CPAC Chairman Matt Schlapp, speaking Sunday on FOX News, said he had been in touch with the patient. “The patient is feeling better and I believe he is on the mend,” he said.
A dozen Republican Maryland lawmakers attended the final day of CPAC to accept awards for their conservative voting records and watch Trump’s speech, but they don’t believe they were exposed to the New Jersey patient, said Del. Matt Morgan, a St. Mary’s County Republican.
The group was given VIP treatment, ushered through a separate security line and placed in seating to watch the speech away from the crowd, he said.
“We kind of bypassed everything,” Morgan said.
Dr. Nilesh Kalyanaraman, Anne Arundel County health officer, discusses what to do if you're sick and worried you might have contracted the coronavirus.
Morgan said he was concerned when he first heard of the CPAC-connected case of the coronavirus on Saturday afternoon, but after speaking with conference organizers and Maryland Department of Health officials, he said he’s not too worried.
“We had very little contact with the general public there,” Morgan said.
A U.S. congressman from Arizona announced Sunday that he is quarantining himself at home after he came in contact with the person at CPAC.
Rep. Paul Gosar, a Republican, said that during the conference “members of my staff and I came into contact with an individual who has since tested positive for, and is hospitalized for, COVID-19. I was with the individual for an extended period of time, and we shook hands several times."
Gosar said neither he nor his staff feels ill.
“However, in order to prevent any potential transmission, I will remain at my home in Arizona until the conclusion of the 14 day period following my interaction with this individual," he said. “Additionally, out of an abundance of caution, I am closing my office in Washington, D.C. for the week and my team will follow the previously approved" plan to work outside the office.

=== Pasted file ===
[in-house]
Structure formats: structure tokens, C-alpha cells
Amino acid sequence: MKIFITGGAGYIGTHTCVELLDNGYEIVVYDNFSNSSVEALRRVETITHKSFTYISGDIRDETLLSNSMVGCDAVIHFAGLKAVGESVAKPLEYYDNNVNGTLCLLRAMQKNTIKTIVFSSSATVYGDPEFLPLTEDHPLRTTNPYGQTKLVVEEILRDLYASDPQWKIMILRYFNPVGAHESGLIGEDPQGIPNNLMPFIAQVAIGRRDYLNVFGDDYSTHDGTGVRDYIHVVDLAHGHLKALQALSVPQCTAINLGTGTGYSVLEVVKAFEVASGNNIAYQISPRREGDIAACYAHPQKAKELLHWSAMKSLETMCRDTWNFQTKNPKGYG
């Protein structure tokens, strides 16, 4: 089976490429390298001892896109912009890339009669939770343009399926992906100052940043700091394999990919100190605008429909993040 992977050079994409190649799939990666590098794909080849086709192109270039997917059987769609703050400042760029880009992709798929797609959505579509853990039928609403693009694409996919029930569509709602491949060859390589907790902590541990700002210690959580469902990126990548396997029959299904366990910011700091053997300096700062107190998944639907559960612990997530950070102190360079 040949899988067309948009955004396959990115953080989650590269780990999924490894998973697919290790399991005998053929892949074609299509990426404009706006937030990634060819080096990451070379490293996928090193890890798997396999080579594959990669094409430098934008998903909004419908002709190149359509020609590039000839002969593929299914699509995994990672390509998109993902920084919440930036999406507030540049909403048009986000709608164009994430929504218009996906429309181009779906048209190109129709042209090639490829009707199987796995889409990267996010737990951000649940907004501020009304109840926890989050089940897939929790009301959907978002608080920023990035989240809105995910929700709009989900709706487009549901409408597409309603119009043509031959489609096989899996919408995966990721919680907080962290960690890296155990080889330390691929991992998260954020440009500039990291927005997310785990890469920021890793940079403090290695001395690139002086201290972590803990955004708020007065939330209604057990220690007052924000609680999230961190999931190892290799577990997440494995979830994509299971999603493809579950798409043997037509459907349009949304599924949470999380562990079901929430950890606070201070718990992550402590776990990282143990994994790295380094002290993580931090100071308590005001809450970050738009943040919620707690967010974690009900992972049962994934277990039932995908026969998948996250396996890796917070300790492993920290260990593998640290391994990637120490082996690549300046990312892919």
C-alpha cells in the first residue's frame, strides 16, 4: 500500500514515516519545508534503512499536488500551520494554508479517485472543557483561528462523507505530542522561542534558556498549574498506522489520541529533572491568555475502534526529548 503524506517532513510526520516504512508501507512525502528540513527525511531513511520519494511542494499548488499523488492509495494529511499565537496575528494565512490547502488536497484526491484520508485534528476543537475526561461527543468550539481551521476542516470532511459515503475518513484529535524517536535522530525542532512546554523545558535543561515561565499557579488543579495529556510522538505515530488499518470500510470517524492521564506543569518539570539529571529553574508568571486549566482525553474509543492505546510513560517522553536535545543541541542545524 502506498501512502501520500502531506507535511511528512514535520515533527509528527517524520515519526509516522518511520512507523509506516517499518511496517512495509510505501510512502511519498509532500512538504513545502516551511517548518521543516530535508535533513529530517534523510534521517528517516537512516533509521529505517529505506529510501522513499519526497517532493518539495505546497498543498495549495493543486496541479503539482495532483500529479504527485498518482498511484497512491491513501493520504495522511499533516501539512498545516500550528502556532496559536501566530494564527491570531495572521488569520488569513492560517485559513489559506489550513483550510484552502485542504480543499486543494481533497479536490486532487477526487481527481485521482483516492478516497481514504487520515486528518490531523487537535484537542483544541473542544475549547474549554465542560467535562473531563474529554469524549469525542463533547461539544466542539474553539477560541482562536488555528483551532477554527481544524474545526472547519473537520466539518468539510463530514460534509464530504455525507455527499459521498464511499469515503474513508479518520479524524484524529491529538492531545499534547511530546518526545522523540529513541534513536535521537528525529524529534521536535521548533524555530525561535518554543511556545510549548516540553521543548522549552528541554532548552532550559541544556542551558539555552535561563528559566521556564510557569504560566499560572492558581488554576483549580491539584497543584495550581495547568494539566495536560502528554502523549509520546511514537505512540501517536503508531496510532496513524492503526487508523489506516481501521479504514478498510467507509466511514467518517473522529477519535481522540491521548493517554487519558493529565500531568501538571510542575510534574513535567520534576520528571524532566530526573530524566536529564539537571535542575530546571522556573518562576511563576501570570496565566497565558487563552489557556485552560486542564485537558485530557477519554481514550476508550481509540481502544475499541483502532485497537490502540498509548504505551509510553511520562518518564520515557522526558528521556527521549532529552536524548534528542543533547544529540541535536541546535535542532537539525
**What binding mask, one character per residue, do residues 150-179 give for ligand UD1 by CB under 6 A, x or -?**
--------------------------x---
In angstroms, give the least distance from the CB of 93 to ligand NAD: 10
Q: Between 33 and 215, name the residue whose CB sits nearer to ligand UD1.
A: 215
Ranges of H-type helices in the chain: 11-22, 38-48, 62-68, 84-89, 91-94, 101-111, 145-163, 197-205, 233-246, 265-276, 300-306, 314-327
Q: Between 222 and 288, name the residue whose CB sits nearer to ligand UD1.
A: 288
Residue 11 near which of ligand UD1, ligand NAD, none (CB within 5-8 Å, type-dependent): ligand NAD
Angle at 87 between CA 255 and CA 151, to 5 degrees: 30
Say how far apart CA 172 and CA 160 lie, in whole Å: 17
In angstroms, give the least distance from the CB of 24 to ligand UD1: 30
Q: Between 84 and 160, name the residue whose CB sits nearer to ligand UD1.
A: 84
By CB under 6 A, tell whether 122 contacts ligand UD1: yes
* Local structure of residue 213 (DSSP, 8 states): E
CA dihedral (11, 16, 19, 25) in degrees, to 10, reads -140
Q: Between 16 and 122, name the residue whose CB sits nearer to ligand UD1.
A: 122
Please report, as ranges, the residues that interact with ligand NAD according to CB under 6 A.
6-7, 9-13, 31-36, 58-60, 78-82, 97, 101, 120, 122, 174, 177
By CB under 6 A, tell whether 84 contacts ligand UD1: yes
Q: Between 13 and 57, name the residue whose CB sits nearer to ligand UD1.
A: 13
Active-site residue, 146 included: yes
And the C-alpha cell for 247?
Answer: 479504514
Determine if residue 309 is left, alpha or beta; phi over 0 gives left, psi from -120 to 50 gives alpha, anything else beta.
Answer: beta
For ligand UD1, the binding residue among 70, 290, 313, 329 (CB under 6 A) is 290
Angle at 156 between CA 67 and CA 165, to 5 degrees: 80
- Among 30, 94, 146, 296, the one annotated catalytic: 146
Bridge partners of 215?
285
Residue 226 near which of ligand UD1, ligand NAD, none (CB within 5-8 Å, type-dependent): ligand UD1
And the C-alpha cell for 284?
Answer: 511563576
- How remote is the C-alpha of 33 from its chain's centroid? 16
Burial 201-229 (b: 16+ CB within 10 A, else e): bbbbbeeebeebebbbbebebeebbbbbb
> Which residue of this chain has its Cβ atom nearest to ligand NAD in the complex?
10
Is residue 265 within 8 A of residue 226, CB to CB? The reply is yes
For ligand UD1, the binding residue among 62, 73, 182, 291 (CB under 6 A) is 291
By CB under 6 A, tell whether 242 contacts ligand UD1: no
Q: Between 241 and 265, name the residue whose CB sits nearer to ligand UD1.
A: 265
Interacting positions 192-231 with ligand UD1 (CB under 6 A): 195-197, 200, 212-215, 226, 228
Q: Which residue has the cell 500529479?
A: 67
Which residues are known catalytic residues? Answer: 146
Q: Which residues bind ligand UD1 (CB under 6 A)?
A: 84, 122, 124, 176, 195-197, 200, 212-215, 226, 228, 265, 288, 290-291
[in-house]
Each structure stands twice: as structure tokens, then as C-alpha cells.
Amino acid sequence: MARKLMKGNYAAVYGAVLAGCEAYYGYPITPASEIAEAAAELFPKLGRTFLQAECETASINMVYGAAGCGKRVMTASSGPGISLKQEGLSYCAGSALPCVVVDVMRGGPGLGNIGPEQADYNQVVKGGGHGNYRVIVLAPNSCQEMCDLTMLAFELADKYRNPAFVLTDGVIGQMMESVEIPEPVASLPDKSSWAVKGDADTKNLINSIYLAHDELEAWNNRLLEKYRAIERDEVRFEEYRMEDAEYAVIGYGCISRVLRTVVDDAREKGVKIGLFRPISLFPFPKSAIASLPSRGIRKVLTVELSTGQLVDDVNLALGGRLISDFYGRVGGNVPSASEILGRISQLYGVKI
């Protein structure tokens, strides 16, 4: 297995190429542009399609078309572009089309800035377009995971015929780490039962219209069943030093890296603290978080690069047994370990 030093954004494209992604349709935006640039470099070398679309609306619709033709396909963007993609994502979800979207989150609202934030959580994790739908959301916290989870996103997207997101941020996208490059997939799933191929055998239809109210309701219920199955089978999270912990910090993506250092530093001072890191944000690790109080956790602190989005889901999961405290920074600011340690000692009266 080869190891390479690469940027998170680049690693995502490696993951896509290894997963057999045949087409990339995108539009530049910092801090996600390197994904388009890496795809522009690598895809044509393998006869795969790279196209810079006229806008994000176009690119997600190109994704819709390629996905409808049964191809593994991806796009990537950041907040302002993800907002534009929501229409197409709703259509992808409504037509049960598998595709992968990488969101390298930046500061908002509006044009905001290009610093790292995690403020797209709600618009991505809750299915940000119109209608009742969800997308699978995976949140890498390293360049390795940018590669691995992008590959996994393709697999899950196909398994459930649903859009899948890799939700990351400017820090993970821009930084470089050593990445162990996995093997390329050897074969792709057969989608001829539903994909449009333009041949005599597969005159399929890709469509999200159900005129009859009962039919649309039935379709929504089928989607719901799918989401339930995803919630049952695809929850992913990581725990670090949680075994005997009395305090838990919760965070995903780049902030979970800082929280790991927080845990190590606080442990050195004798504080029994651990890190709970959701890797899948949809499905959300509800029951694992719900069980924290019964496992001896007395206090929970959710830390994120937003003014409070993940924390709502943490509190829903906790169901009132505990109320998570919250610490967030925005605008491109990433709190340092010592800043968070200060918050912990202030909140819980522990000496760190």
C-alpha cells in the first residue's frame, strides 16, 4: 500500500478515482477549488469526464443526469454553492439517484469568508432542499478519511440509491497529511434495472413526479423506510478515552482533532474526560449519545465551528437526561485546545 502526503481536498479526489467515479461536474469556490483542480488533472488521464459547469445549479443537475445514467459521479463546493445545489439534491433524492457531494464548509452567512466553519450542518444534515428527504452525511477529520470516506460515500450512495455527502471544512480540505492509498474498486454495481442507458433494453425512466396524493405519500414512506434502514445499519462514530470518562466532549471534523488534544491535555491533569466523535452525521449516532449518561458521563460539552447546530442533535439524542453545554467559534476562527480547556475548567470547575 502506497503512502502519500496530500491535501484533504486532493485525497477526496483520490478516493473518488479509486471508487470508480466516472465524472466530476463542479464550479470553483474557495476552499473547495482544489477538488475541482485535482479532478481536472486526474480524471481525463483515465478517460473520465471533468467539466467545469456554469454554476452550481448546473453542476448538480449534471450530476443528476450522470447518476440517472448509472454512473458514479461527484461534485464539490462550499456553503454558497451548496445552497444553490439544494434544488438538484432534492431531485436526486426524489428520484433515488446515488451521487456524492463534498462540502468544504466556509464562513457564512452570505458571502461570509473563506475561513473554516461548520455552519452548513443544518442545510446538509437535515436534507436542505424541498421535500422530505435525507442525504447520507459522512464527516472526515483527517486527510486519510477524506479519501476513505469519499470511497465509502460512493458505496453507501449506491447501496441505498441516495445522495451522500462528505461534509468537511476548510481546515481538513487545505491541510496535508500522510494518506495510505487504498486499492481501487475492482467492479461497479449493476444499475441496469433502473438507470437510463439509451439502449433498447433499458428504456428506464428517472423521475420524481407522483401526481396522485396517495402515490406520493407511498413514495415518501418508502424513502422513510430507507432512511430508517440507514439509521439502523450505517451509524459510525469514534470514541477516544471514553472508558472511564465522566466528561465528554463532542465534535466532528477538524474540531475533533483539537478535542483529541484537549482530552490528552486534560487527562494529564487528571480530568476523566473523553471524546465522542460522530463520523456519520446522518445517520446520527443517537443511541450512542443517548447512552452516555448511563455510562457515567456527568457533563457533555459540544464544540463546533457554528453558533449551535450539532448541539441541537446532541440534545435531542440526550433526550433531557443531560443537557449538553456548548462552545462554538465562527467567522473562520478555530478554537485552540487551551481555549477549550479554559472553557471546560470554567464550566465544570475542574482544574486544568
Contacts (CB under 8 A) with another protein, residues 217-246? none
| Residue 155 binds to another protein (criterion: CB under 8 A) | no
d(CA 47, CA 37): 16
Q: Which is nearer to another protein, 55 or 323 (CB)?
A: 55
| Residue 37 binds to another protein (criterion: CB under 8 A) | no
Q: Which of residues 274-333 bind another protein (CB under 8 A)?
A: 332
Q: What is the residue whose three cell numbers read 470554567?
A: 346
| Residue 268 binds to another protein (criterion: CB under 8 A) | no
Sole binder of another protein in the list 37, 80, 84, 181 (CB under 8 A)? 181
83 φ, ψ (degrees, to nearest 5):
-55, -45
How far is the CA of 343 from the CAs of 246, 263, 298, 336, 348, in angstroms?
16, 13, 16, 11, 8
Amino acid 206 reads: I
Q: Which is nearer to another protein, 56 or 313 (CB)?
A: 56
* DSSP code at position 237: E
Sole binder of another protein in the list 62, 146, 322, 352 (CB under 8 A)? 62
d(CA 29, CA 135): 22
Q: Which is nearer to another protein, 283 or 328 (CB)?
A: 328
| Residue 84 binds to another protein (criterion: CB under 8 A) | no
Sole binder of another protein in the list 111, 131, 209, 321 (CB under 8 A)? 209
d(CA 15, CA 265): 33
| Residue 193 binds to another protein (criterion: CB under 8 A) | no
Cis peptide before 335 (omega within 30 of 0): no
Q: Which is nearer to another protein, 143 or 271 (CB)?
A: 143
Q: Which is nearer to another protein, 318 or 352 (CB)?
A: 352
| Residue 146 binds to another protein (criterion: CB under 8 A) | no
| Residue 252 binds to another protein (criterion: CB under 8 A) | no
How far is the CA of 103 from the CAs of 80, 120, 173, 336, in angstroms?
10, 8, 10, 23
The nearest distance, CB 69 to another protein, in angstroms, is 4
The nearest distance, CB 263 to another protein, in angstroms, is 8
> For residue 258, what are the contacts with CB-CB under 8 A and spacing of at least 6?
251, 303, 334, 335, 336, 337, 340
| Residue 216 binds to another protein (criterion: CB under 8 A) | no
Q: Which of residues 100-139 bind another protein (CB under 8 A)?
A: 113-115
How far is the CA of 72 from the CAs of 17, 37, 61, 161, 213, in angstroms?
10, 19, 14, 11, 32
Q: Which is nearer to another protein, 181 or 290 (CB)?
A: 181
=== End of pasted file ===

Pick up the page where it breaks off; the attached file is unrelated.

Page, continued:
Earlier Sunday, U.S. Sen. Ted Cruz, also Republican, said he had brief contact with the man at CPAC and would spend the next few days at his home in Texas until a full 14 days had passed since their interaction
Morgan said the Republican lawmakers will follow the advice that’s been given for all CPAC attendees: Monitor your health and report any symptoms to your doctor and local health department.
State health officials have been retracing the steps and interactions of the New Jersey person who was at CPAC, which is known as “contact tracing.”
State health officials have been running about 15 to 20 tests a day, according to Ricci. They’re no longer reporting the number of pending tests now that private labs also have approval to test people for the coronavirus.
The private labs will report their test results to the state, and the health department’s website will continue to report the number of confirmed positive and negative tests at 10 a.m. daily.
The state’s public health lab has about 1,000 test kits and expects to get more in the coming days. There’s no concern about having enough capacity for testing at this time, Ricci said.
He stressed that governors “are on the front lines” of responding to the coronavirus outbreak.
“Information is changing not only on a daily basis, but almost on an hourly basis,” he said.
The U.S. death toll from the virus climbed to 21 on Sunday, with all but three victims in Washington state. Infections rose to more than 500, including the first case in the nation’s capital.
Hogan previously declared a state of emergency in Maryland, which allowed the state to mobilize its emergency operations center and ramp up coordination with federal agencies.
A budget request for an additional $10 million for the coronavirus is pending as lawmakers continue their evaluation of Hogan’s budget proposal. The Hogan administration said the money would be spent on purchasing equipment for the state public health lab, paying additional staff, setting up quarantine and isolation areas, improving data analysis, providing transportation for patients, acquiring communications equipment and other potential needs.